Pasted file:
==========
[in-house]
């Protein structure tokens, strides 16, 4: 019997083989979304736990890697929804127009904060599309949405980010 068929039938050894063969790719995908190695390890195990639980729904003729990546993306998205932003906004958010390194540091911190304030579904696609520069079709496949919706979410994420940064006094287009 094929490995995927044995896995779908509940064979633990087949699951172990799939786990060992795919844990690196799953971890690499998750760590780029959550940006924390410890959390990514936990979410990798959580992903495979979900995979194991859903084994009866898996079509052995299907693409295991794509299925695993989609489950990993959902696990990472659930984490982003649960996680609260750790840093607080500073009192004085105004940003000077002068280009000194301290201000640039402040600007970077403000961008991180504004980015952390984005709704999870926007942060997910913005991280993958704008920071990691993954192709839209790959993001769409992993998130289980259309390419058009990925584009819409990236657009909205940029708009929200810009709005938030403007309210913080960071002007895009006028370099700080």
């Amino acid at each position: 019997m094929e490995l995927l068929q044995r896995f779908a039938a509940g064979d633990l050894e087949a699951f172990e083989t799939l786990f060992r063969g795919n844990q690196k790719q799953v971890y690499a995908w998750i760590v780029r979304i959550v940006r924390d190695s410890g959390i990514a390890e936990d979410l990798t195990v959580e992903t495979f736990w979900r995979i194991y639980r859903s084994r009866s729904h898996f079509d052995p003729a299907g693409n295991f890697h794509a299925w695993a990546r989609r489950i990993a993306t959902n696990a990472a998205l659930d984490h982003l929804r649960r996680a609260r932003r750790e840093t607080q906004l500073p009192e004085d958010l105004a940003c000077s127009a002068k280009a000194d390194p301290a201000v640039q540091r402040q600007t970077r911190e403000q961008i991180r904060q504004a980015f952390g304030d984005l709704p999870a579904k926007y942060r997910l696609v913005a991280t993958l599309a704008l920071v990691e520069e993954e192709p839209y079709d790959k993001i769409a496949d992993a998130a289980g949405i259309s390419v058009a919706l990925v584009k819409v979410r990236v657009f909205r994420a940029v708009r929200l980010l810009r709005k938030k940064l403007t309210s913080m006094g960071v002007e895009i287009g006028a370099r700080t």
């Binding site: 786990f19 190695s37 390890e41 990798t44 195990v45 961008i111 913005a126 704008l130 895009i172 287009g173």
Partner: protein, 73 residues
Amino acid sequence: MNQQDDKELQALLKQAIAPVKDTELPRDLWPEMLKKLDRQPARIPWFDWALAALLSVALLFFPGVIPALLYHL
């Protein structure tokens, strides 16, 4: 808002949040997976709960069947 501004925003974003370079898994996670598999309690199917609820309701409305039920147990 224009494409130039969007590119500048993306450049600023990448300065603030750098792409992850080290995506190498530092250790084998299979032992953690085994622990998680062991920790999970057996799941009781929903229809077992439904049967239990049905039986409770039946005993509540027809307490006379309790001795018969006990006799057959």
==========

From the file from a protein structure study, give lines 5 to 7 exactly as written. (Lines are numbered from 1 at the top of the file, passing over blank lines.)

Partner: protein, 73 residues
Amino acid sequence: MNQQDDKELQALLKQAIAPVKDTELPRDLWPEMLKKLDRQPARIPWFDWALAALLSVALLFFPGVIPALLYHL
């Protein structure tokens, strides 16, 4: 808002949040997976709960069947 501004925003974003370079898994996670598999309690199917609820309701409305039920147990 224009494409130039969007590119500048993306450049600023990448300065603030750098792409992850080290995506190498530092250790084998299979032992953690085994622990998680062991920790999970057996799941009781929903229809077992439904049967239990049905039986409770039946005993509540027809307490006379309790001795018969006990006799057959």